In 1917, World War I broke out. Eleven of Anton’s brickyard employees were drafted, so Anton decided to simply close down his business. After selling the machinery from the brickyard, Anton managed Giffey Hall as a community center of sorts for 23 years. In 1940, Anton deeded the Hall to his daughter Amelia, who operated the Hall as a skating rink for 6 years. The Hall was sold to the Murphy family in 1946, who later closed it as a skating rink. Over several years the Hall was sold to several groups and individuals. The Hall became a packing facility for green tomatoes, a car parts factory, a bar, a pizza place, and finally, a dinner theatre. Today, the Hall still stands in Ridgeville and at the time of this writing, is still used as a dinner theatre today owned by the Archbold Theater Group.

Anton Giffey passed away on October 31, 1940, leaving an impact on the community that can still be acknowledged today.

The Giffey Family Today (1940 – present day )

Though Anton had several siblings, the focus of this chronicle is mainly upon Anton and his descendants, specifically on Arthur his oldest son and his offspring.

Arthur, born on February 22, 1891, was raised in Ridgeville Corners. When he was old enough, he began working at his father’s brickyard. He helped build Giffey Hall in 1915 and 1916. In 1917, Arthur married Emma Youngman, and moved to the Giffey farm at Holgate. During his employment at Anton’s brickyard, Arthur had learned how to operate steam engines, which became a very useful skill. It was because of his expertise that he acquired jobs at Holgate’s grain elavator, thrashing rigs, and the tomato plant. Arthur was also heavily involved with the county, serving on both Holgate’s and Henry County’s school boards. He was also Pleasant Township Clerk for a number of years, and was also President of the Holgate Grain and Supply. Arthur and Emma operated the farm for 40 years before retiring and moving back to Ridgeville Corners in 1960.

In 1919, Arthur and Emma had a daughter, Corinne, followed by Carmen in 1923. In 1926 Carol was born. Unfortunately, Carol only lived for 9 months before dying. In 1932, Arthur’s first son, Ned, was born. Gene followed later in 1933. Corinne and Carmen both attended a local country school until 1938, when the school was closed and they finished their education at Holgate High School. All of Arthur’s children eventually graduated from there as well. Arthur died in 1979 and his wife Emma followed in 1990.

Corinne, after graduating in 1938, married Lawrence March on Mqy 29, 1940. They lived on a farm on County Road 17, northwest of Holgate, and had two children and three grandchildren.

Carmen graduated in 1941. Four years later, she married a WWII soldier named Norman Wiechers. They moved to a farm near Okolona, Ohio where they lived and worked for the remainder of their lives. Carmen and Norman had five children and nine grandchildren. Today, Carmen still lives on Gerken Road, in Adams Townhip of Defiance near Okolona.

Ned graduated in 1950, after which he attended Defiance College for 3 years, was then drafted into the U.S. Army in September 1953, and was stationed at Aberdeen Proving Grounds, Mansfield. On November 20, 1954, while still in the service, he married Norma Jean Alexander from Ridgeville Corners. He was discharged from the military in September 1955 and then finished his last year of college and graduated in 1956. After graduating, Ned worked for Nationwide Insurance Co. as a resident claims adjustor in Defiance for 3 years, then in Bryan, Ohio as an insurance agent for 3 years. During this period of time, their son Neil was born on March 13, 1957, then Nancy on September 23, 1959. In 1962 Ned accepted an offer to work for Wolverine Transamerica Insurance Co. as field claims adjustor in Toledo, Ohio. In 1966, he accepted an offer to work for Buckeye Union Insurance Co. in Napoleon, Ohio as a resident claims adjustor. Then in 1970 became a claims manager for Underwriters Adjusting Co. until taking early retirement with then in June 1988. In July 1988, Ned accepted a positition as claims manager and Vice President of Claims for German Mutual Insurance Co. in Napoleon. Over the years of insurance work, Ned and Norma traveled throughout the United States, Canada and Europe. He retired in August 2001. They also enjoyed golf and spent many hours on golf courses with family and friends following Ned’s retirement. Ned and Norma purchased a home in Tavares, Florida, where they now spend their winters, and continue to live in Ohio during the summer.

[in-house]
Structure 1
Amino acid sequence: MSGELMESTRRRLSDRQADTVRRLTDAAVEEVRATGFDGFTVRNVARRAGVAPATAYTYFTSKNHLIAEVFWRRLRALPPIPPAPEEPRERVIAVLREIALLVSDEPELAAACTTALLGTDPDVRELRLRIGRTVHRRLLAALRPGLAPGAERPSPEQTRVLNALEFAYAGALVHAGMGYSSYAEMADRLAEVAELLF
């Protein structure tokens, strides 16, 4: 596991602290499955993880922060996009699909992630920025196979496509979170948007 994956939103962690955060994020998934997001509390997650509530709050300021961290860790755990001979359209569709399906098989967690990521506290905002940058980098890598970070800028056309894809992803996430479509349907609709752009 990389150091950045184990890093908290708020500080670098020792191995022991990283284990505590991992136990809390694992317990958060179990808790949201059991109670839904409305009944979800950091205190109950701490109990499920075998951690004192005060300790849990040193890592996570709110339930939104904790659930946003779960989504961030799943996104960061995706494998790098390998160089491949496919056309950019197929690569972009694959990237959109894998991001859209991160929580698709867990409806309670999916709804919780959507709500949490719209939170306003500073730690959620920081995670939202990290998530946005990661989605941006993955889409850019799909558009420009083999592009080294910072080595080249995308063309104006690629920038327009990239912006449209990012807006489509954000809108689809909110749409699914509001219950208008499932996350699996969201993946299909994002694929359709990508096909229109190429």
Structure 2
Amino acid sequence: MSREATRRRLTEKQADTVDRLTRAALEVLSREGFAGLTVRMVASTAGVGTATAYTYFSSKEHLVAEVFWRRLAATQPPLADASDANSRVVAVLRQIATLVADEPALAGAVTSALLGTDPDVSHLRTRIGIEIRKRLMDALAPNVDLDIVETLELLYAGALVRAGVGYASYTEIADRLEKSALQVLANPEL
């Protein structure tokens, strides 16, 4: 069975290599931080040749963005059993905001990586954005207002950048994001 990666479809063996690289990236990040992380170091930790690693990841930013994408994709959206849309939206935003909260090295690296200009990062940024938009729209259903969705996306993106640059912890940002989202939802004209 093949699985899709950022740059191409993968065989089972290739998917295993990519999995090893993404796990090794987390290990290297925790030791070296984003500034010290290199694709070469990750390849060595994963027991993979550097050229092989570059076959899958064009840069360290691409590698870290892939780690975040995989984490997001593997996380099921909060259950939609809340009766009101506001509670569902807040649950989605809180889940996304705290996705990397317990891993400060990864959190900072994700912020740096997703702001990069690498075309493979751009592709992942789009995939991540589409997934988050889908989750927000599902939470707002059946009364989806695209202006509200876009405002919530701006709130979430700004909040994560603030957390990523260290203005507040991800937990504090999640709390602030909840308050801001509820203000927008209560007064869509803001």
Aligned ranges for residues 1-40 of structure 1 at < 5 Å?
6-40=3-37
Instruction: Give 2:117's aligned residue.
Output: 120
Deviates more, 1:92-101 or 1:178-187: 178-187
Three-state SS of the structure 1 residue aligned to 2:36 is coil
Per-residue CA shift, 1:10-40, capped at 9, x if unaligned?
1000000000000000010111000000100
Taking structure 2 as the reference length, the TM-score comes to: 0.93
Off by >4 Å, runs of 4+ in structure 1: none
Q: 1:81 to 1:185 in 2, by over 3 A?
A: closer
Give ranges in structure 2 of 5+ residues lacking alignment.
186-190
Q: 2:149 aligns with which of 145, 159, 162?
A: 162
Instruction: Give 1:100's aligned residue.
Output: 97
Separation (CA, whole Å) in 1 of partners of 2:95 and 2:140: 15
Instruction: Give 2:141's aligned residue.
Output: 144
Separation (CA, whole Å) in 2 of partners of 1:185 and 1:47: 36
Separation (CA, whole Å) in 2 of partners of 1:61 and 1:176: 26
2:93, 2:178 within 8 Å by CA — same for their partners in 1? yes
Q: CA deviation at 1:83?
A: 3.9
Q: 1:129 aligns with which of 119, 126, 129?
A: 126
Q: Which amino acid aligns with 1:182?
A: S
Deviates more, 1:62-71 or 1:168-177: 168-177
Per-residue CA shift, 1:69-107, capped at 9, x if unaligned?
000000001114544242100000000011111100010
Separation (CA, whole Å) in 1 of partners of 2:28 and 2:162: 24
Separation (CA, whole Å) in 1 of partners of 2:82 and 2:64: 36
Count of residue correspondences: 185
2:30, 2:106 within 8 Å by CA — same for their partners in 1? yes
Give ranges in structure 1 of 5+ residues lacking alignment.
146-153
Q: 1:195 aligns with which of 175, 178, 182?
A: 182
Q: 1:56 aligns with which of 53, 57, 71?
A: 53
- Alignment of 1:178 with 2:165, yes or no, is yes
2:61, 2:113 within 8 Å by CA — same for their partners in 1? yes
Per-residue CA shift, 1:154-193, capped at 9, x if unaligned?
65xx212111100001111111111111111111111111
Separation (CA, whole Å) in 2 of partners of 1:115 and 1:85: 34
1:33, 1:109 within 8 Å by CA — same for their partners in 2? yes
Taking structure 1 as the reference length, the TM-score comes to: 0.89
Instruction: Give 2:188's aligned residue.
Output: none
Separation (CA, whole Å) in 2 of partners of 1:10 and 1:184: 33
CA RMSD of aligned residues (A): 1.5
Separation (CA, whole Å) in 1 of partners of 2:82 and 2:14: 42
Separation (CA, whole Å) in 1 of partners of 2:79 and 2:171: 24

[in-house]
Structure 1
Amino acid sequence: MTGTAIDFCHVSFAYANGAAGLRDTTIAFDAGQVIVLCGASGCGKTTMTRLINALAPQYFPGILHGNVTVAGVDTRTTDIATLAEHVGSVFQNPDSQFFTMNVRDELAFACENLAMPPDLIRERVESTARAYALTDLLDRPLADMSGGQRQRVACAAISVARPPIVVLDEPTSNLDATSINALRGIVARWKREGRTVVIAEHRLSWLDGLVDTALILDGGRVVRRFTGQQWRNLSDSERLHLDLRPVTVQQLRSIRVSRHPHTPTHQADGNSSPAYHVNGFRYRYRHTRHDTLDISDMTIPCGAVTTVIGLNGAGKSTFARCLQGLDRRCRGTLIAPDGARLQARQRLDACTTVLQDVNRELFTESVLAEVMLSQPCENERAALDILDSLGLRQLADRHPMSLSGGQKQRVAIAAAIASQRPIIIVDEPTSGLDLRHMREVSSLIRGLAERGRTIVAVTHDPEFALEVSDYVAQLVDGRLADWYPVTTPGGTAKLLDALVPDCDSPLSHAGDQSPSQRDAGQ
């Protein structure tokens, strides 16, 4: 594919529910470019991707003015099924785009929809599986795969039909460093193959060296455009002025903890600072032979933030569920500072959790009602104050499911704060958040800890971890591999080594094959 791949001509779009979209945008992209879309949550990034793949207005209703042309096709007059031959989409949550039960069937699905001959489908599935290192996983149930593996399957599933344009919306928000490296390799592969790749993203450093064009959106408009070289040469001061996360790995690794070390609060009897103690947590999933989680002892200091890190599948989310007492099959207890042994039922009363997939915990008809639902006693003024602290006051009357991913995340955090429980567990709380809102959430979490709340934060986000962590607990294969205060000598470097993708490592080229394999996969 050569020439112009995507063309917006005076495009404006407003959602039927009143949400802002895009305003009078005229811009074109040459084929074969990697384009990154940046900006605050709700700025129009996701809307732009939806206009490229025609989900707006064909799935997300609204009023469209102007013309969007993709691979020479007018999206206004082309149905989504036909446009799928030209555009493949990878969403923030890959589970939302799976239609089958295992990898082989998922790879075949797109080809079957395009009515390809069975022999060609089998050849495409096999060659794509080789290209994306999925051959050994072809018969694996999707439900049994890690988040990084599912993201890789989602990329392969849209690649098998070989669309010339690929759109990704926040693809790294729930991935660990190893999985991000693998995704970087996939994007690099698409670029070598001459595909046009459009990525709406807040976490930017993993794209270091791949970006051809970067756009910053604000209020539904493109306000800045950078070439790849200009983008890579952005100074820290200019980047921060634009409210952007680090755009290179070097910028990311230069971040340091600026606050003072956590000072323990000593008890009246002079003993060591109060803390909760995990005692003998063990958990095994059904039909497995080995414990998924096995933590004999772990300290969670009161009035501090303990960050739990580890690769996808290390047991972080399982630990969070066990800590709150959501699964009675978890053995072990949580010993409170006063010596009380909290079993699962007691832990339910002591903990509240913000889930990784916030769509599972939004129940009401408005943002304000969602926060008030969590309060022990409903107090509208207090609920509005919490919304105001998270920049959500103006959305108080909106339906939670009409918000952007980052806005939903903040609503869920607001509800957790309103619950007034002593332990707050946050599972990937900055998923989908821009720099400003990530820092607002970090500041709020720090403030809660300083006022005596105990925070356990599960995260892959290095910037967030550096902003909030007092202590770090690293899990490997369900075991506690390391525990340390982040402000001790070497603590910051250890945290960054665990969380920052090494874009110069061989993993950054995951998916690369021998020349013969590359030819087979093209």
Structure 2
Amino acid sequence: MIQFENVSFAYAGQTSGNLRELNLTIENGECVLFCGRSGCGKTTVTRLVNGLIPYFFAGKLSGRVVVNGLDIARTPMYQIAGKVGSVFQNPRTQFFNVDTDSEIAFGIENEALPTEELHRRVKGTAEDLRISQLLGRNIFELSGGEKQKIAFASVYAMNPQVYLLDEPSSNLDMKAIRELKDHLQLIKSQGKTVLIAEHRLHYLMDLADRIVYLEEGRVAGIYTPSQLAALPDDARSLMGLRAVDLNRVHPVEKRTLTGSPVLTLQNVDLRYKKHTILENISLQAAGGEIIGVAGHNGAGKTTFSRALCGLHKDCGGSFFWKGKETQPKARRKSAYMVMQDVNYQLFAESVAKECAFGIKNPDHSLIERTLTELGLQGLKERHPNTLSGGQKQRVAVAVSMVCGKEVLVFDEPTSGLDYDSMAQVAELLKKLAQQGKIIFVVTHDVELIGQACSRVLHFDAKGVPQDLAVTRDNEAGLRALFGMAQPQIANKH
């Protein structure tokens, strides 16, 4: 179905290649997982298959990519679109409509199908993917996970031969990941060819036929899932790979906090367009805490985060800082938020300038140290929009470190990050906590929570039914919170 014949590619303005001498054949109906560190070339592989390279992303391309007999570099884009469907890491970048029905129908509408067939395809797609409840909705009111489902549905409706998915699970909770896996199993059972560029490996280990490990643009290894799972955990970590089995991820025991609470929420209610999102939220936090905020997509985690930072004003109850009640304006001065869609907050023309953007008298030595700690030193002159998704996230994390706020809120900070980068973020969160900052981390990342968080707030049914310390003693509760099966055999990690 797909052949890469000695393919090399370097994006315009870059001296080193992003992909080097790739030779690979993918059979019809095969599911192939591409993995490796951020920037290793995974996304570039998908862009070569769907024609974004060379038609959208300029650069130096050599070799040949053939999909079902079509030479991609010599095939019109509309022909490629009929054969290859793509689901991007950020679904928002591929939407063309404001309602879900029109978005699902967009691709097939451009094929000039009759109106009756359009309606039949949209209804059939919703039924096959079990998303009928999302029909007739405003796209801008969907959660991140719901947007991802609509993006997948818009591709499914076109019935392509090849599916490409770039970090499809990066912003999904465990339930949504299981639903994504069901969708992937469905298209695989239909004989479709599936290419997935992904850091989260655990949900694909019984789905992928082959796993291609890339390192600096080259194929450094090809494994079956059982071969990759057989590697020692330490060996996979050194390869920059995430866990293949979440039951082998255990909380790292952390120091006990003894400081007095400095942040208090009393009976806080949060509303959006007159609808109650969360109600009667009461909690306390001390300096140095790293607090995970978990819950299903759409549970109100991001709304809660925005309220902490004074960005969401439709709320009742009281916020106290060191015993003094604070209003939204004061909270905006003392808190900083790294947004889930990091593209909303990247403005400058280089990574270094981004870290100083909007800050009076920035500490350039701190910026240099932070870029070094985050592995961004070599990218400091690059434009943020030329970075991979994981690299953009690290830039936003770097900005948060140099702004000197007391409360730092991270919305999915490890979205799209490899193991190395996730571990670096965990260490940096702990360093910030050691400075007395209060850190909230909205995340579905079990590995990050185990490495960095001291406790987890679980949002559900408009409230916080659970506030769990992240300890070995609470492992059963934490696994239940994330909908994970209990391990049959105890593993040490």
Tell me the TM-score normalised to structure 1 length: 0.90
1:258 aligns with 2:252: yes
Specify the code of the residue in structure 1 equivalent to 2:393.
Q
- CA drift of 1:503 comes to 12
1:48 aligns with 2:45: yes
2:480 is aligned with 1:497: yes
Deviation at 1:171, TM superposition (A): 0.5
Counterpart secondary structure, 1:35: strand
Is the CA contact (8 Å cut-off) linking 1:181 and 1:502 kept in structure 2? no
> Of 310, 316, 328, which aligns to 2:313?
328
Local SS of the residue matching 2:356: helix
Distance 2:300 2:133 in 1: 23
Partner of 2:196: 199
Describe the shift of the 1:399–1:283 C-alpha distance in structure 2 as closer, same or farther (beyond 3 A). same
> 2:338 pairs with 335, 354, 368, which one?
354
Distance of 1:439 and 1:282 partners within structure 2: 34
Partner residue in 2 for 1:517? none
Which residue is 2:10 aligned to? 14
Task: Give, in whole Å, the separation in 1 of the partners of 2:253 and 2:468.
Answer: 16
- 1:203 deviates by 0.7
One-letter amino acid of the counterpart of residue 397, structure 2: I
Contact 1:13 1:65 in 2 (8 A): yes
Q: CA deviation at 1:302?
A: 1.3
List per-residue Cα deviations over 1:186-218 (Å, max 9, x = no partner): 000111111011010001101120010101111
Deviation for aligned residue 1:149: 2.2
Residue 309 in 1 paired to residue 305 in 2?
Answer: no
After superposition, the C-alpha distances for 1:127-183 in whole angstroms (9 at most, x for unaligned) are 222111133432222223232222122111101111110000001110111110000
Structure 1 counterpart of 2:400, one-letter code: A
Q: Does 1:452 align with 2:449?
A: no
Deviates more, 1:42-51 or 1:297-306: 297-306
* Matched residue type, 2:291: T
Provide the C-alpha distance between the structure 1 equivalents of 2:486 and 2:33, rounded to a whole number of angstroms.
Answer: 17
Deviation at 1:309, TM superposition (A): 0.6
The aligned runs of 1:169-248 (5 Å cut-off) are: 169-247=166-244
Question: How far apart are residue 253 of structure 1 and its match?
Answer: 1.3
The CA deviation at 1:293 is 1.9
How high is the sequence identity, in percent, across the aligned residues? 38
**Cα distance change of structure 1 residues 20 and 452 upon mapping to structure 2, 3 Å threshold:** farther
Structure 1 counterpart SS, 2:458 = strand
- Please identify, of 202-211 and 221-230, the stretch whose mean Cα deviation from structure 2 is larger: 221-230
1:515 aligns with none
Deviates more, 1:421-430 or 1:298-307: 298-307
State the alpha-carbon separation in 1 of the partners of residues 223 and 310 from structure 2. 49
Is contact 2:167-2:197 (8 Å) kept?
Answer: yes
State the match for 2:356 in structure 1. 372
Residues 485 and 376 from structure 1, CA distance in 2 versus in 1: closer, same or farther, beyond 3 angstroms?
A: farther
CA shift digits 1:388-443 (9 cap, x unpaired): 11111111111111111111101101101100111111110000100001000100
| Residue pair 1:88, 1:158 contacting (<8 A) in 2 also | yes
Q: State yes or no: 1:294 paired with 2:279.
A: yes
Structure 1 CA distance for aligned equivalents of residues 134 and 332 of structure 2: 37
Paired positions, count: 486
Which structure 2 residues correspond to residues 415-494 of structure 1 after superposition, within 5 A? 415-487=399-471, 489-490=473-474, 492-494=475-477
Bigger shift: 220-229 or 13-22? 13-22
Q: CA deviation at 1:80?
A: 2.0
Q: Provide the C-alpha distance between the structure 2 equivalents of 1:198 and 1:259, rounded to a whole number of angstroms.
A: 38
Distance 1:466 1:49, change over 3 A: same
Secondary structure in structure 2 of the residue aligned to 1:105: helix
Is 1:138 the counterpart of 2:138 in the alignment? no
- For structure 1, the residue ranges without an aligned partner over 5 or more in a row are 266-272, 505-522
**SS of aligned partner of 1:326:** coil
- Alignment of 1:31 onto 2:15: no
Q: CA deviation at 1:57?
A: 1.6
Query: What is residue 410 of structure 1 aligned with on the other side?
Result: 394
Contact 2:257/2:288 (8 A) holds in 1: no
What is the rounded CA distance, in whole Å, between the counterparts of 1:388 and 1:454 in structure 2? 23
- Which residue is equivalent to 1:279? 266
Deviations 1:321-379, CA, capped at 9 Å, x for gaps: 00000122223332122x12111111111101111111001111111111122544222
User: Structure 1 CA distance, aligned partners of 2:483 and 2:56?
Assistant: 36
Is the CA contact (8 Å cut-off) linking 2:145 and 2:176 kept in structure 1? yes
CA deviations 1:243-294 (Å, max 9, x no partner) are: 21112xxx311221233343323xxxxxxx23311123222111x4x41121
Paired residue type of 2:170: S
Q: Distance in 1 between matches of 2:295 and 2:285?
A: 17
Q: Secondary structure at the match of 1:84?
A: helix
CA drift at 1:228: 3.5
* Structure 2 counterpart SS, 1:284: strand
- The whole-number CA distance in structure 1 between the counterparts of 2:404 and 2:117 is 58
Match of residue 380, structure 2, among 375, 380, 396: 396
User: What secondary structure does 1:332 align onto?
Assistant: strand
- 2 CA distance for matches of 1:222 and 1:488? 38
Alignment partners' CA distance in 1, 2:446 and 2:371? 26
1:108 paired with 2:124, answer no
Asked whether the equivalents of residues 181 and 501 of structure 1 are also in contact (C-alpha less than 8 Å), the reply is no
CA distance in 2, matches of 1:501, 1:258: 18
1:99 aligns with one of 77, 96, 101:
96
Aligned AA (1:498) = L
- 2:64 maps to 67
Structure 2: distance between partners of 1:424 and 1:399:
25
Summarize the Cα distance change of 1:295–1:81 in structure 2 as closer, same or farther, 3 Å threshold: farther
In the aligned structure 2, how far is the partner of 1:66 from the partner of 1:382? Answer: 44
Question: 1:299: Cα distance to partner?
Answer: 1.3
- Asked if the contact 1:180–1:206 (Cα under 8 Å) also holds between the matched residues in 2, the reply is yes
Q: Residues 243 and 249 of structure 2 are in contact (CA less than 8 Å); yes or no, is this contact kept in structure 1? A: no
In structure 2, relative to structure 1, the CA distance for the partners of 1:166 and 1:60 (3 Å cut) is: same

Gene Giffey graduated in 1951. He then worked at Holgate Grain and Supply in Stanley, Ohio for 3 years before being drafted into the U.S. Army and serving 2 years
(1954-1956 ) in Germany. He returned to Holgate and took over the farming operation after Arthur had suffered a heart attack. Gene married Elaine Bunke in 1959, and they had two daughters: Lynette, in 1959, and Linda in 1961. Gene farmed and also worked for ANR Pipeline. In 1969 he sold out his farm equipment and moved to Ridgeville Corners where he continued to work for ANR Pipeline until his retirement. Elaine died of cancer in 1984 and Gene remarried to Donna Schnitkey-Ziegler in 1994. Today they live 5 months of the year in Ridgeville Corners and remaining 7 months in Arizona.

Neil Giffey attended grade school at Hillview Elementary in Sylvania, Ohio and St. Paul Lutheran School in Napoleon and graduated from Napoleon High School in 1975. He then enlisted in the U.S. Air Force in 1976, and served near Amsterdam, Holland until his discharge in 1979. He then worked in Houston, Texas and also Archbold, Ohio as a long-haul truck driver. In 1985 he took a job with Sauder Woodworking in Archold, Ohio. In 2000 he took a position with German Mutual Insurance Co. in Napoleon as a loss control field representative and is currently continuing his employment with them. On May 31, 1996, Neil maried Annette St. John-Schlosser. They resided in Napoleon raising three children: Eric Giffey, born July 3, 1988, Dale Giffey, born January 18, 1990. and Glen Giffey, born September 12, 1992. All three children graduated from Napoleon High School.

Nancy Giffey attended St. Paul Lutheran School as well, graduating from Napoleon High School in 1977. She then graduated from Owens Technical College in 1979. On June 20, 1987, she married Terry Gasche, and they have two daughters: Lindsey, born August 13, 1991, and Emily, born July 21, 1995. They currently reside in Napoleon, Ohio.
Today the Giffey name is well-known in Henry County, a far cry from what is was when a German immigrant named James traveled here almost two centuries ago. They proudly keep their heritage alive to the time of this writing and hopefully shall continue to do so through future generations.